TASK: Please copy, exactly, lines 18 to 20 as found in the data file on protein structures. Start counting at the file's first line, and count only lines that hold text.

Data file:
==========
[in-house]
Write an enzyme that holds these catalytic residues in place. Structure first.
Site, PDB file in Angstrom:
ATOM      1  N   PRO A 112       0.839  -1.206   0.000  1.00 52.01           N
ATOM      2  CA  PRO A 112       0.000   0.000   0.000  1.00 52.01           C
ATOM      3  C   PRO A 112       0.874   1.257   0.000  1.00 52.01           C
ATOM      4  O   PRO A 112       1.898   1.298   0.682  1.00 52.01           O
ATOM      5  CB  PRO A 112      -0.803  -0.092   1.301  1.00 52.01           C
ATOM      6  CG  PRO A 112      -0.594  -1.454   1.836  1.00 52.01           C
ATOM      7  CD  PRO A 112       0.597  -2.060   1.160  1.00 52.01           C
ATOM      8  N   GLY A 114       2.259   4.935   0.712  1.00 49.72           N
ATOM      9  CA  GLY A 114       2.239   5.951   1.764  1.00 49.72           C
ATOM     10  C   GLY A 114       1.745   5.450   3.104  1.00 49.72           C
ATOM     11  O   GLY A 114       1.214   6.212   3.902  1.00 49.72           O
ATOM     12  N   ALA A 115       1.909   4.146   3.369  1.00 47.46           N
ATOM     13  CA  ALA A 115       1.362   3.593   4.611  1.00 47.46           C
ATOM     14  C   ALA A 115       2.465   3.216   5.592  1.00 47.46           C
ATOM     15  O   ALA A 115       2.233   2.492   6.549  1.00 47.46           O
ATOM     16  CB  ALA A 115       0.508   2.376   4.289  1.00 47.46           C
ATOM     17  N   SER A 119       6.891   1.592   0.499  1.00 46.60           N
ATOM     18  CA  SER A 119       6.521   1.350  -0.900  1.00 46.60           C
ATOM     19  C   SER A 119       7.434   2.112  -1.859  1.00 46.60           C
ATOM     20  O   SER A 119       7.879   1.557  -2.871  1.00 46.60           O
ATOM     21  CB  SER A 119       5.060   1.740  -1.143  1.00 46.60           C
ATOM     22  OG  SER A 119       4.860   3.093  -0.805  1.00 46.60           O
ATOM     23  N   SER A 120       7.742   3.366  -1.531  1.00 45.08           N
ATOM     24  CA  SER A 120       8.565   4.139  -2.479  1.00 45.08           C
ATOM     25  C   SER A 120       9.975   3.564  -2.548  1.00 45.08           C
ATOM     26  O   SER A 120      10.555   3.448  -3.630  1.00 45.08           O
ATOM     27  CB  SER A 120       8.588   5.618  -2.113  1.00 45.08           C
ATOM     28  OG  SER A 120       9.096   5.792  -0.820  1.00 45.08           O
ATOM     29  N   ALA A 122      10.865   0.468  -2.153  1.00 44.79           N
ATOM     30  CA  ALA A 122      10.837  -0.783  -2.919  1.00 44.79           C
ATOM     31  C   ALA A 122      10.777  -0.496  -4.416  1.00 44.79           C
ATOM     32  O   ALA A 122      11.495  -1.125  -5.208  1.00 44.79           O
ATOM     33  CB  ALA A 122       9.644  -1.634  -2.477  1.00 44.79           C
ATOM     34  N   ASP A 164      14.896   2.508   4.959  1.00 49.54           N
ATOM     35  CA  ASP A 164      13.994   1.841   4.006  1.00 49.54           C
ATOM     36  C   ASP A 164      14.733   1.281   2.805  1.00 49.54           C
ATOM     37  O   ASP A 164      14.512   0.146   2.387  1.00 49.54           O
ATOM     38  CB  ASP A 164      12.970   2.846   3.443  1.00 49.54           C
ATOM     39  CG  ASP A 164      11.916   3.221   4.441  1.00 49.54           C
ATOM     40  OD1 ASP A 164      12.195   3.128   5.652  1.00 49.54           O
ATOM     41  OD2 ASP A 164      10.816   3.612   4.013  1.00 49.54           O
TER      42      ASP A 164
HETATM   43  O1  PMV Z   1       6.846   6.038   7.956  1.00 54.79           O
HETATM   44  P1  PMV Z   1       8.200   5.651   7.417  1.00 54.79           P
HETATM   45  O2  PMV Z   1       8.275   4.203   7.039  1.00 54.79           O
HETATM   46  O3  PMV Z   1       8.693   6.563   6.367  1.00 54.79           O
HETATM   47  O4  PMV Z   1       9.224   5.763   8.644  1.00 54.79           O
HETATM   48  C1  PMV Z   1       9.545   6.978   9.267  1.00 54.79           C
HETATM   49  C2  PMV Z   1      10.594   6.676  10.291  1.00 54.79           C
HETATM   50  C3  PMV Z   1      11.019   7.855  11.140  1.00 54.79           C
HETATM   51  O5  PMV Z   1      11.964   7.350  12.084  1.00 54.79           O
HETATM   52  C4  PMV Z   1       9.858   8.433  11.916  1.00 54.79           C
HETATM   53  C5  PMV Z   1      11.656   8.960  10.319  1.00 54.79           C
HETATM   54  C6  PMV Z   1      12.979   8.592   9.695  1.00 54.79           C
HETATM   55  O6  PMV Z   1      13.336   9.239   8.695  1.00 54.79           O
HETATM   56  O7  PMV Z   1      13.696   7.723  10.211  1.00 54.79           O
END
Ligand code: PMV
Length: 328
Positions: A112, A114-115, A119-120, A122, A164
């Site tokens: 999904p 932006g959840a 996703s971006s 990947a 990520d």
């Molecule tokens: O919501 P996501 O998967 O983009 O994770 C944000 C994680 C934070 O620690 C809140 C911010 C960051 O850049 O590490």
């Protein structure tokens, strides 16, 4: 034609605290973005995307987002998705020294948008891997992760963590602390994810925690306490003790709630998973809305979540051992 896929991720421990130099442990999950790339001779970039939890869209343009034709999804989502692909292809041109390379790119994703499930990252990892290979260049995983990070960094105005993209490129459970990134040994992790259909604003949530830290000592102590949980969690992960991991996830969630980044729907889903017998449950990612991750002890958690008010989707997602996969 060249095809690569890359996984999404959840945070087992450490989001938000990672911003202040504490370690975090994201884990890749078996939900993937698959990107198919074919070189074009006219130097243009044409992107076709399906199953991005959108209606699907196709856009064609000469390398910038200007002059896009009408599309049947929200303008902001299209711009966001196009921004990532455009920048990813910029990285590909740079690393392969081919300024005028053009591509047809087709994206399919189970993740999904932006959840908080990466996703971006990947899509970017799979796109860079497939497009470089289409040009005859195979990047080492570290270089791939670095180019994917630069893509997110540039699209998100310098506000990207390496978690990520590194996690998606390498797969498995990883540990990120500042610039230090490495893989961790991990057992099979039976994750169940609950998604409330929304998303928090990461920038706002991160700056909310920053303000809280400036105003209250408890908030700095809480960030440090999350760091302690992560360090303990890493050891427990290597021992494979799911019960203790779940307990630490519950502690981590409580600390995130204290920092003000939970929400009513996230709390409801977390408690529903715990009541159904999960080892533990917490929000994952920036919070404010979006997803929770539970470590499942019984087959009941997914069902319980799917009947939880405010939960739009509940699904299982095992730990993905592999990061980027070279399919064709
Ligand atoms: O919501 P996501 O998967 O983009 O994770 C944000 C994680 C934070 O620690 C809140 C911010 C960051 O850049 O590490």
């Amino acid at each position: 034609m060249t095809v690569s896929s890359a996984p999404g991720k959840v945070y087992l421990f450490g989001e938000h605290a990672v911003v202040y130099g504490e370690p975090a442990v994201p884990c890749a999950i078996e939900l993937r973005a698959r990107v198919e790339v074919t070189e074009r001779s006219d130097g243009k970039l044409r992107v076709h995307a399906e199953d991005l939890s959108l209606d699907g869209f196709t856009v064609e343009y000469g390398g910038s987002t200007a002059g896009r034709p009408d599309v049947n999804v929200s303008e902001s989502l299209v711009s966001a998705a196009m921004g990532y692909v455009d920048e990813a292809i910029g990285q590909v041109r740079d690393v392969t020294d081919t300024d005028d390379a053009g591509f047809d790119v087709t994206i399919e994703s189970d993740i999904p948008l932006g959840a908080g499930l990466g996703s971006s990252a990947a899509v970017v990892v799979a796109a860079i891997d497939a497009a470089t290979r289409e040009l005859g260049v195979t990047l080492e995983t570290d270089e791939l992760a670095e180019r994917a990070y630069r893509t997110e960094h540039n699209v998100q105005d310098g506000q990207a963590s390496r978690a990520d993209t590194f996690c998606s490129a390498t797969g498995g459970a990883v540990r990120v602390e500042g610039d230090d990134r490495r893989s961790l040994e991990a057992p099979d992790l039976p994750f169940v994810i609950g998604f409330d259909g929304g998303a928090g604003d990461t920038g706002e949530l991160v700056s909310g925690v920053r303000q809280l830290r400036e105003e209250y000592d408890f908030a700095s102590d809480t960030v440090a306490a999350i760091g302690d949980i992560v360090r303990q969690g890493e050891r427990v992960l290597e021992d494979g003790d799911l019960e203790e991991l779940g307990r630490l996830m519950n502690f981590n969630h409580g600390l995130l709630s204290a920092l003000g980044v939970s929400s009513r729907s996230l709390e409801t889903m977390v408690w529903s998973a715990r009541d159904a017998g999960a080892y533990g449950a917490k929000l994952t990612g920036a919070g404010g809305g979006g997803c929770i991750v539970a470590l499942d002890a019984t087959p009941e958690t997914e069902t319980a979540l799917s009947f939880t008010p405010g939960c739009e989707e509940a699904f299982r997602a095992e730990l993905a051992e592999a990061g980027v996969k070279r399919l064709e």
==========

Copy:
ATOM     15  O   ALA A 115       2.233   2.492   6.549  1.00 47.46           O
ATOM     16  CB  ALA A 115       0.508   2.376   4.289  1.00 47.46           C
ATOM     17  N   SER A 119       6.891   1.592   0.499  1.00 46.60           N